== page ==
Saturday, May 30, 2009

Says Who?

point of view--the character or characters in a story through whose eyes and other senses the reader learns and intuits the dramatic action; the teller of the tale; the biased, human filter through which the dramatic information is transmitted.

The writer achieves a significant part of willing suspension of belief from the reader when dramatic forces cause the reader to forget that the story is emerging directly from the writer and that, in fact, the story is pure artifice. This WSOB is well achieved by artful introduction of one or more characters who are telling the story, ASAP. As in:

"My father's family name being Pirrip, and my christian name Philip, my infant tongue could make of both names nothing longer or more explicit than Pip. So, I called myself Pip, and came to be called Pip."

The first sentence would actually fit as a Twitter entry. The second sentence pretty well nails the character and his point of view in place, where it remains, a resoundingly successful example of a writer assuming a persona and that individual's traits and experiences in order to relate the details of his encounters variously with his snarky sister, her jewel of a man-for-husband, with an escaped convict, a cantankerous old lady, and a spoiled-if-beguiling young woman named Estella. So gifted a public speaker was Pip's creator that he could have chosen to tell the story of Great Expectations in his own voice. You could profit from asking yourself why he did not, then consider your answer.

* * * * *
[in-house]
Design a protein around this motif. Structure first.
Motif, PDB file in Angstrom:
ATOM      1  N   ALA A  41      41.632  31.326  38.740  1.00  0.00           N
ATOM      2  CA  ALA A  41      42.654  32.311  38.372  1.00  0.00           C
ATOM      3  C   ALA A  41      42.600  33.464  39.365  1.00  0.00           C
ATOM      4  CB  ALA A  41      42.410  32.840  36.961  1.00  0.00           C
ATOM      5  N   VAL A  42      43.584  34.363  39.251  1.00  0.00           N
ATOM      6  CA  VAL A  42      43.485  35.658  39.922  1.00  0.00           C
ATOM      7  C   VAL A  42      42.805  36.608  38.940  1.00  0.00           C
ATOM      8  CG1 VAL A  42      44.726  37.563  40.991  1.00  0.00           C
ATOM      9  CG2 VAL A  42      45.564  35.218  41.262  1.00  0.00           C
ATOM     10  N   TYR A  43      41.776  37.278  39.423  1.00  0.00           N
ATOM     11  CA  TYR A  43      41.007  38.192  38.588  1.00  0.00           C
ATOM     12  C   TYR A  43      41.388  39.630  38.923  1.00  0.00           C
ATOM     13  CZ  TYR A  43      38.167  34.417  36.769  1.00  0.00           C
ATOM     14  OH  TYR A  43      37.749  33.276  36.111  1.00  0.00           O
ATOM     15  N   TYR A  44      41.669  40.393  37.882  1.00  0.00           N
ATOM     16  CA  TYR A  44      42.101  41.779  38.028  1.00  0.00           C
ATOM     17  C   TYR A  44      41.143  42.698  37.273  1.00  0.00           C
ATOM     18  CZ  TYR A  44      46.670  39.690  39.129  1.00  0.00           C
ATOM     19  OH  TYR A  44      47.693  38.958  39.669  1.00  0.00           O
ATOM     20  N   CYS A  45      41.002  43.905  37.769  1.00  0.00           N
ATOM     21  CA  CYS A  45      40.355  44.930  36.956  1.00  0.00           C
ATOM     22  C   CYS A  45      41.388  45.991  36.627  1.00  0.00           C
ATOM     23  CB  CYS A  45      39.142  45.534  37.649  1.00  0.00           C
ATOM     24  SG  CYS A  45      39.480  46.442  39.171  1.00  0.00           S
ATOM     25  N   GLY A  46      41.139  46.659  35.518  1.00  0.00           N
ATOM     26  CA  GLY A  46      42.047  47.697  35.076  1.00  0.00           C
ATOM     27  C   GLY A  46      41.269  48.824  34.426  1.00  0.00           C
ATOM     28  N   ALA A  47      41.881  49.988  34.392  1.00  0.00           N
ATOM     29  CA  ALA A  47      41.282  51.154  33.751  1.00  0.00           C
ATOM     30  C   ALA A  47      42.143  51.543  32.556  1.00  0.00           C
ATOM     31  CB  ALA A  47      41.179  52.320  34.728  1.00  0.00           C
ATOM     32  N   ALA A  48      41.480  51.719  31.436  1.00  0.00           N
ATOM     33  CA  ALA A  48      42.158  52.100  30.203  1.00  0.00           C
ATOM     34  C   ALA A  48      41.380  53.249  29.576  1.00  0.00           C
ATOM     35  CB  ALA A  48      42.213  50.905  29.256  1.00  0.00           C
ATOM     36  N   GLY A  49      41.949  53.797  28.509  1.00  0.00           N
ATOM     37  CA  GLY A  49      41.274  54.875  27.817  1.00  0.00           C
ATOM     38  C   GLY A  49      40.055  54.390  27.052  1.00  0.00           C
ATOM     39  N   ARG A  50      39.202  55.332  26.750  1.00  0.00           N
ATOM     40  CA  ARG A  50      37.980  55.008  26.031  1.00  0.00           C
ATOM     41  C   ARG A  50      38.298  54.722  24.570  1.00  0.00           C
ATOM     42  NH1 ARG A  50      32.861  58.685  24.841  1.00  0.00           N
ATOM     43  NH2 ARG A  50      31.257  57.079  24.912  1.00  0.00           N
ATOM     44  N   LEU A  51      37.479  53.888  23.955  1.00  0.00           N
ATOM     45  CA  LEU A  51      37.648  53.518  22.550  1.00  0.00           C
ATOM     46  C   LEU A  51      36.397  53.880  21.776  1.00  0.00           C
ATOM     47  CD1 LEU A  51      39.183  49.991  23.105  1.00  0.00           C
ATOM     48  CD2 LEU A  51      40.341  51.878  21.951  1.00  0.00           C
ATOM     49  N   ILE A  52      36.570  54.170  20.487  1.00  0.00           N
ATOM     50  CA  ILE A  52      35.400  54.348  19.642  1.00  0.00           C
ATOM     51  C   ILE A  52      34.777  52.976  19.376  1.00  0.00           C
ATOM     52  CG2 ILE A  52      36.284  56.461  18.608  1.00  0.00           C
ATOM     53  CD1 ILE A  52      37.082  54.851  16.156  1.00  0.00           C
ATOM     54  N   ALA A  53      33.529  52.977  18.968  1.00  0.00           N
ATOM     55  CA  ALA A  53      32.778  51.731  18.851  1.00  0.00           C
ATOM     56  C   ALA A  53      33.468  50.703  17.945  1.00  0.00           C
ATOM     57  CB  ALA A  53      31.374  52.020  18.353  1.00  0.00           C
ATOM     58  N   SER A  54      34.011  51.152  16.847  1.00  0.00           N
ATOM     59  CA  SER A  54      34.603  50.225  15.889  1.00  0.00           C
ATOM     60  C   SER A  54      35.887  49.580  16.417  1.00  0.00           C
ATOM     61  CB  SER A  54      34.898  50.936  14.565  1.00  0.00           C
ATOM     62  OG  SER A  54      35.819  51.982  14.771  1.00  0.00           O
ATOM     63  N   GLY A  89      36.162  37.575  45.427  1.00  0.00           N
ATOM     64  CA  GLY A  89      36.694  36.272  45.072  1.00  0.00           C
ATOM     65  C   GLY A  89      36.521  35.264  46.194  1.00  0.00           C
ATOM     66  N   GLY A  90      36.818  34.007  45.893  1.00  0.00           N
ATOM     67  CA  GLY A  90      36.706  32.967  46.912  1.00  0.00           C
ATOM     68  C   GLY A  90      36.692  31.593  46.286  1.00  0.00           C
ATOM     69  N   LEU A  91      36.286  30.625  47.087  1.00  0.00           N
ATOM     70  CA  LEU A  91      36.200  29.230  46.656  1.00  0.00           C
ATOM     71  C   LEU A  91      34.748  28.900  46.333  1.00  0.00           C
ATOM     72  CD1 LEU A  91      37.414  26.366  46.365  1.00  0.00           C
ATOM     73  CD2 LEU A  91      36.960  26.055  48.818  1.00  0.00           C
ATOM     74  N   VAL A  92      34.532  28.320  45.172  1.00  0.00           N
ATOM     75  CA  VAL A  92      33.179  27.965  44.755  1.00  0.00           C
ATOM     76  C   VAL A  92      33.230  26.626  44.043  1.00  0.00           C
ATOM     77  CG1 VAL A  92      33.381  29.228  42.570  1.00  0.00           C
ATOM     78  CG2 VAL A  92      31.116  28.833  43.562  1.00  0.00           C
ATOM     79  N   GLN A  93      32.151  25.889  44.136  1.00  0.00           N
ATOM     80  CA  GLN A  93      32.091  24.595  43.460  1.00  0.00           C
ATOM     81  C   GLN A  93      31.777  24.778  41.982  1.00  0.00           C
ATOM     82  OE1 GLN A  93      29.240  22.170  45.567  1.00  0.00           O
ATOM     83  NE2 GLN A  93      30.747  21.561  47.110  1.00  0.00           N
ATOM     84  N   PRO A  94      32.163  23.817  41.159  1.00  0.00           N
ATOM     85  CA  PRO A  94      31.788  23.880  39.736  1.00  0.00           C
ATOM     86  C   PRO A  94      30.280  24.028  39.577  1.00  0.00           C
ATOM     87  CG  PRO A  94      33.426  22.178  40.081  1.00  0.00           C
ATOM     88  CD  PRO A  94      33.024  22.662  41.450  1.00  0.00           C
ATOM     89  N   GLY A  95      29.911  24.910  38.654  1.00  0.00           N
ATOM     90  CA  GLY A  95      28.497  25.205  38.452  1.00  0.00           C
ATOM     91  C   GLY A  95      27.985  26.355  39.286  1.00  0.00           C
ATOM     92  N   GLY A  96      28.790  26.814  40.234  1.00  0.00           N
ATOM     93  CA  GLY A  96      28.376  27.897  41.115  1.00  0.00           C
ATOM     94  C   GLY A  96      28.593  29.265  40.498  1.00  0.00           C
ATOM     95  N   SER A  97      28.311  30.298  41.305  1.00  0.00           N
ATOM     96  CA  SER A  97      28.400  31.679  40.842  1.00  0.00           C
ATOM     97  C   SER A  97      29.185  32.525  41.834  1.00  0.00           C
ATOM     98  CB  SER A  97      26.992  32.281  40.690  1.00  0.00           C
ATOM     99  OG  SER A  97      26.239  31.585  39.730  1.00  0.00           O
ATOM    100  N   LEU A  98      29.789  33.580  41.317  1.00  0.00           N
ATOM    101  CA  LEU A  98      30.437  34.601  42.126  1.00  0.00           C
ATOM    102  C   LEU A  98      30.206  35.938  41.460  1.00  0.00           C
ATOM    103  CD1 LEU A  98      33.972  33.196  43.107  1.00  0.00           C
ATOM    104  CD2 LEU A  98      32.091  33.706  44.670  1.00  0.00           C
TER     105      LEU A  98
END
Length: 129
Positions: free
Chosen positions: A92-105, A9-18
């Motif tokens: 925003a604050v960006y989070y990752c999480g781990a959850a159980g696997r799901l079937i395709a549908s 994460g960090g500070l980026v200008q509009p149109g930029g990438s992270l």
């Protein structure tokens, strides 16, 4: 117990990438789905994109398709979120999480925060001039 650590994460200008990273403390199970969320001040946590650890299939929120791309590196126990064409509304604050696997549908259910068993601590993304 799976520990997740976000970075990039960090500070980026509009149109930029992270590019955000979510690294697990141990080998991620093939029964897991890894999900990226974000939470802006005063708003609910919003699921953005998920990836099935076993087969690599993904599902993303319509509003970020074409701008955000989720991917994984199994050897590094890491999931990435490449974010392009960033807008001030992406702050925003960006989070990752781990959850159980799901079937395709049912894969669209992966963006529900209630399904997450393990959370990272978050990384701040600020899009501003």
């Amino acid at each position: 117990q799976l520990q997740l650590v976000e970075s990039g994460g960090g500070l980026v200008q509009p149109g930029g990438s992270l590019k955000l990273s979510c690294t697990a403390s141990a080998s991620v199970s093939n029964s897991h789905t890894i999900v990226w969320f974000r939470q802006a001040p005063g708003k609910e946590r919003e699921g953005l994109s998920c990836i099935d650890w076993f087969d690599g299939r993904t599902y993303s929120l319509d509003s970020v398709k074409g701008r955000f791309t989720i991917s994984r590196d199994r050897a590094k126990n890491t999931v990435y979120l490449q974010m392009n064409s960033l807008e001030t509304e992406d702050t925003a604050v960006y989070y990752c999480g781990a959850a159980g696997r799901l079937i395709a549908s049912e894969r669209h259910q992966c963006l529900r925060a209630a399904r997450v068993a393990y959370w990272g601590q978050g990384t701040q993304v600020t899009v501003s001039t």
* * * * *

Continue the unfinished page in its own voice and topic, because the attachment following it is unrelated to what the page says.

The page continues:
There is often some practical reason for a particular character or set of characters having been chosen to narrate a story, sometimes as simplistic as Ahab's case in his selection to be narrator of Moby-Dick; he was the only one who survived the events of the novel. Mr. Stephens was chosen to narrate The Remains of the Day because of his resume as head butler, but also because of his not getting 'it," which is to say because of his naivete. Thus was the writer, Kazuo Ishiguro, constrained to keep Stevens's naivete in mind at all times and to constantly be aware of the need to render it plausibly.

Who is telling your story, and why?

Benjy Compson was chosen to narrate a portion of The Sound and the Fury because the wiring of his intellectual and reasoning processes were some degrees away from the intellectual and emotional outlook of other POV characters. No doubt about it, at some point during his writing of the story, William Faulkner recalled the Shakespearean line from Macbeth"...it is a tale/Told by an idiot, full of sound and fury/Signifying nothing." But Faulkner new the need to have larger fish to fry than the mere perception of Benjy as an idiot; Faulkner wished the reader to compare Benjy's vision of reality with that of the other characters in the novel. Benjy is then by no means a case of a writer thinking, Aha, I'll tell a story from the point of view of an idiot. The novel is a complex comparison of attitudes, sensitivities, and behavior in which Benjy emerges as an ironic symbol of the most admirable sort.

Once again, why have you selected a particular person or combination of persons to relate your narrative? What effect will your choice have on the other characters? What effect will your choice have on the reader?

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